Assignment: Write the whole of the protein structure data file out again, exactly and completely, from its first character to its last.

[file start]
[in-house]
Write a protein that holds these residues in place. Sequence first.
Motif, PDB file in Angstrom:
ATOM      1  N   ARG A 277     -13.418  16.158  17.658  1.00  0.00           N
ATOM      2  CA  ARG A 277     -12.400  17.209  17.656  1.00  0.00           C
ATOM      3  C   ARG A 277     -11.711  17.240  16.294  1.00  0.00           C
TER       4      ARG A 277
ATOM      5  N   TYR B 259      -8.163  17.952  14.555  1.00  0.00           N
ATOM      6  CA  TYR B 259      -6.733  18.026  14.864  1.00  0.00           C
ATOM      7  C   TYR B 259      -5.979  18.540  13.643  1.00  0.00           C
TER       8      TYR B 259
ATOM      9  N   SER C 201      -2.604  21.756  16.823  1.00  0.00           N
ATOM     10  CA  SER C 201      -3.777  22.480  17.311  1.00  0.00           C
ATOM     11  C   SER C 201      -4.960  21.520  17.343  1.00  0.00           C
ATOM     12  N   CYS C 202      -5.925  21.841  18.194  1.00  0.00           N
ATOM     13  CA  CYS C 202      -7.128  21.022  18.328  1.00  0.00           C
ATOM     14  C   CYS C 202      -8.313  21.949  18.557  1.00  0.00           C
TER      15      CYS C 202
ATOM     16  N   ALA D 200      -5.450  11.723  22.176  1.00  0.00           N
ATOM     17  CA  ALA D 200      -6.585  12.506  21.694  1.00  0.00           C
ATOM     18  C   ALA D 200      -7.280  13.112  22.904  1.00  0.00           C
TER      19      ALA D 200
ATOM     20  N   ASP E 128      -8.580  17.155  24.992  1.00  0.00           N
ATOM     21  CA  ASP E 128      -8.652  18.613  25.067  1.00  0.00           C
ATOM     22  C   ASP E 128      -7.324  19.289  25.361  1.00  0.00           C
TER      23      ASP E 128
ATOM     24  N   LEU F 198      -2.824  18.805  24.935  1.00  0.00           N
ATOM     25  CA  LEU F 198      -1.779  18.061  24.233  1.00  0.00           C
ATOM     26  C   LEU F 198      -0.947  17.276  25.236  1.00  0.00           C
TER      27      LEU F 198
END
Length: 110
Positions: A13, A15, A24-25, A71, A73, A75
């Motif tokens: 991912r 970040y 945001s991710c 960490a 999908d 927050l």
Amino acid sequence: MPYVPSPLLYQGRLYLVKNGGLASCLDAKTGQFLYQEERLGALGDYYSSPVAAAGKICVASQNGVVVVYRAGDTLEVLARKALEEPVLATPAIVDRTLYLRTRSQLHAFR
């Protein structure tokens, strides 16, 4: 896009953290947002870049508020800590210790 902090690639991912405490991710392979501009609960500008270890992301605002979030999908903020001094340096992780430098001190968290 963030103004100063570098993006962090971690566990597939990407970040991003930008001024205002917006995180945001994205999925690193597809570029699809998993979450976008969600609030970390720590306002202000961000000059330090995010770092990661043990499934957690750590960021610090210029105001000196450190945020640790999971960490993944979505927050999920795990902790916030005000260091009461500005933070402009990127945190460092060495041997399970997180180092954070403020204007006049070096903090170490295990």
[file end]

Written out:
[in-house]
Write a protein that holds these residues in place. Sequence first.
Motif, PDB file in Angstrom:
ATOM      1  N   ARG A 277     -13.418  16.158  17.658  1.00  0.00           N
ATOM      2  CA  ARG A 277     -12.400  17.209  17.656  1.00  0.00           C
ATOM      3  C   ARG A 277     -11.711  17.240  16.294  1.00  0.00           C
TER       4      ARG A 277
ATOM      5  N   TYR B 259      -8.163  17.952  14.555  1.00  0.00           N
ATOM      6  CA  TYR B 259      -6.733  18.026  14.864  1.00  0.00           C
ATOM      7  C   TYR B 259      -5.979  18.540  13.643  1.00  0.00           C
TER       8      TYR B 259
ATOM      9  N   SER C 201      -2.604  21.756  16.823  1.00  0.00           N
ATOM     10  CA  SER C 201      -3.777  22.480  17.311  1.00  0.00           C
ATOM     11  C   SER C 201      -4.960  21.520  17.343  1.00  0.00           C
ATOM     12  N   CYS C 202      -5.925  21.841  18.194  1.00  0.00           N
ATOM     13  CA  CYS C 202      -7.128  21.022  18.328  1.00  0.00           C
ATOM     14  C   CYS C 202      -8.313  21.949  18.557  1.00  0.00           C
TER      15      CYS C 202
ATOM     16  N   ALA D 200      -5.450  11.723  22.176  1.00  0.00           N
ATOM     17  CA  ALA D 200      -6.585  12.506  21.694  1.00  0.00           C
ATOM     18  C   ALA D 200      -7.280  13.112  22.904  1.00  0.00           C
TER      19      ALA D 200
ATOM     20  N   ASP E 128      -8.580  17.155  24.992  1.00  0.00           N
ATOM     21  CA  ASP E 128      -8.652  18.613  25.067  1.00  0.00           C
ATOM     22  C   ASP E 128      -7.324  19.289  25.361  1.00  0.00           C
TER      23      ASP E 128
ATOM     24  N   LEU F 198      -2.824  18.805  24.935  1.00  0.00           N
ATOM     25  CA  LEU F 198      -1.779  18.061  24.233  1.00  0.00           C
ATOM     26  C   LEU F 198      -0.947  17.276  25.236  1.00  0.00           C
TER      27      LEU F 198
END
Length: 110
Positions: A13, A15, A24-25, A71, A73, A75
């Motif tokens: 991912r 970040y 945001s991710c 960490a 999908d 927050l």
Amino acid sequence: MPYVPSPLLYQGRLYLVKNGGLASCLDAKTGQFLYQEERLGALGDYYSSPVAAAGKICVASQNGVVVVYRAGDTLEVLARKALEEPVLATPAIVDRTLYLRTRSQLHAFR
């Protein structure tokens, strides 16, 4: 896009953290947002870049508020800590210790 902090690639991912405490991710392979501009609960500008270890992301605002979030999908903020001094340096992780430098001190968290 963030103004100063570098993006962090971690566990597939990407970040991003930008001024205002917006995180945001994205999925690193597809570029699809998993979450976008969600609030970390720590306002202000961000000059330090995010770092990661043990499934957690750590960021610090210029105001000196450190945020640790999971960490993944979505927050999920795990902790916030005000260091009461500005933070402009990127945190460092060495041997399970997180180092954070403020204007006049070096903090170490295990």